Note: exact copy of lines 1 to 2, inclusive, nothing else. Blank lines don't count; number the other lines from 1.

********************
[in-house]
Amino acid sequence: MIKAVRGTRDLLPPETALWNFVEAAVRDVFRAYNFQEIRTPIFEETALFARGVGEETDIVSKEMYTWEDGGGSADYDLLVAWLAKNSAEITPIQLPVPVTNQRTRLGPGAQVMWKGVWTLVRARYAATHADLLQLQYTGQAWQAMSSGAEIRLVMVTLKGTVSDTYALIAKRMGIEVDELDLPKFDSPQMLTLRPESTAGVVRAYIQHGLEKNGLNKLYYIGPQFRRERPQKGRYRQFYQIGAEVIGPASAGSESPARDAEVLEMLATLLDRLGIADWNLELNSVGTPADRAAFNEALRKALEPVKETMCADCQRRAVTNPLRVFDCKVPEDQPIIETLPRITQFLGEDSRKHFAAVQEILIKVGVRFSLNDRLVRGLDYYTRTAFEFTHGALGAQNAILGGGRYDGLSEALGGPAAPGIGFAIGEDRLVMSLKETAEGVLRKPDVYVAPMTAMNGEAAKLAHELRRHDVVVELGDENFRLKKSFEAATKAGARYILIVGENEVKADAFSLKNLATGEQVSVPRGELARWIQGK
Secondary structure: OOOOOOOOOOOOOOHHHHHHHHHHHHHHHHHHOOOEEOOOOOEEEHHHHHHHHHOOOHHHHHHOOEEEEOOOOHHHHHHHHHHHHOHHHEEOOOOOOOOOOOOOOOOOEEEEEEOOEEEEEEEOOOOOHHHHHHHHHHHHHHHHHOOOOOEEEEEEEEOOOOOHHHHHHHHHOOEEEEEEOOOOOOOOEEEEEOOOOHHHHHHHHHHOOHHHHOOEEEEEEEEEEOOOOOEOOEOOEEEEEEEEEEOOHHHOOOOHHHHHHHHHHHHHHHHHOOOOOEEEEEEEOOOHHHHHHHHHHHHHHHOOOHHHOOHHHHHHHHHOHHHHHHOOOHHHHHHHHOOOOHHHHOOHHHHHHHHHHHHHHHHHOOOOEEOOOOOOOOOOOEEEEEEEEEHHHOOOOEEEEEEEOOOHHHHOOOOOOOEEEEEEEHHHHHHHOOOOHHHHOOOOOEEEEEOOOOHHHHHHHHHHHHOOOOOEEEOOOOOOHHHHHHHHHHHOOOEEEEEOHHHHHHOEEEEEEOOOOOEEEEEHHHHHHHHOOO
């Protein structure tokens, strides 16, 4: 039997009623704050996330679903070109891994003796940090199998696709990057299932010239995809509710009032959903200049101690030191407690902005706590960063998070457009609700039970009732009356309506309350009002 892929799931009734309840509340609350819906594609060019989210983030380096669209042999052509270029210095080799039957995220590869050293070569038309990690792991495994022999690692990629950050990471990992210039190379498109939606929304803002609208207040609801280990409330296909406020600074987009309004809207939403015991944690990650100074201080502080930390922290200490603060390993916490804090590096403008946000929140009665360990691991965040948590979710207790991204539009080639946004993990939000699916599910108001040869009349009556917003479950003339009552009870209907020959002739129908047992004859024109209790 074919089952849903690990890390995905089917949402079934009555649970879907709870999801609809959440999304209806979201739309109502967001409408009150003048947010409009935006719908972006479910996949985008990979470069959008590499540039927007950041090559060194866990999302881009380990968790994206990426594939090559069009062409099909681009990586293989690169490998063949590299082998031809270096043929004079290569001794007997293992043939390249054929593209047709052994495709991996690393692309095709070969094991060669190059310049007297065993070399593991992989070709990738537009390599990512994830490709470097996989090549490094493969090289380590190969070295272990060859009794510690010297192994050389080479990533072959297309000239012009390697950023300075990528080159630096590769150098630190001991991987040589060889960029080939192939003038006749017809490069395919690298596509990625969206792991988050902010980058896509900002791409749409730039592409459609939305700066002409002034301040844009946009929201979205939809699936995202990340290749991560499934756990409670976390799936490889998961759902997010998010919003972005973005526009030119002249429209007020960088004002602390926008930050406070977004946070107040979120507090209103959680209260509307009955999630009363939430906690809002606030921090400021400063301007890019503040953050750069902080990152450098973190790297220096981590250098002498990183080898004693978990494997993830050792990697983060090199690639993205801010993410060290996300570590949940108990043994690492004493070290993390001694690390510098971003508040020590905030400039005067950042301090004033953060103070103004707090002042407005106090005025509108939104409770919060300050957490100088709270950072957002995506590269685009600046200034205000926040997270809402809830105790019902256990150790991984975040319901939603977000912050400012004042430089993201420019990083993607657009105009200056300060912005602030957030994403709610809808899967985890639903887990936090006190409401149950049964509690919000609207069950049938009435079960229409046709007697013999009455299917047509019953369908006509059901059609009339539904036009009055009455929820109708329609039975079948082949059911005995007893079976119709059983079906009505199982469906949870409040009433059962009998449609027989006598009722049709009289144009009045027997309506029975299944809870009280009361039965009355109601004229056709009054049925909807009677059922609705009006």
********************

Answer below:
[in-house]
Amino acid sequence: MIKAVRGTRDLLPPETALWNFVEAAVRDVFRAYNFQEIRTPIFEETALFARGVGEETDIVSKEMYTWEDGGGSADYDLLVAWLAKNSAEITPIQLPVPVTNQRTRLGPGAQVMWKGVWTLVRARYAATHADLLQLQYTGQAWQAMSSGAEIRLVMVTLKGTVSDTYALIAKRMGIEVDELDLPKFDSPQMLTLRPESTAGVVRAYIQHGLEKNGLNKLYYIGPQFRRERPQKGRYRQFYQIGAEVIGPASAGSESPARDAEVLEMLATLLDRLGIADWNLELNSVGTPADRAAFNEALRKALEPVKETMCADCQRRAVTNPLRVFDCKVPEDQPIIETLPRITQFLGEDSRKHFAAVQEILIKVGVRFSLNDRLVRGLDYYTRTAFEFTHGALGAQNAILGGGRYDGLSEALGGPAAPGIGFAIGEDRLVMSLKETAEGVLRKPDVYVAPMTAMNGEAAKLAHELRRHDVVVELGDENFRLKKSFEAATKAGARYILIVGENEVKADAFSLKNLATGEQVSVPRGELARWIQGK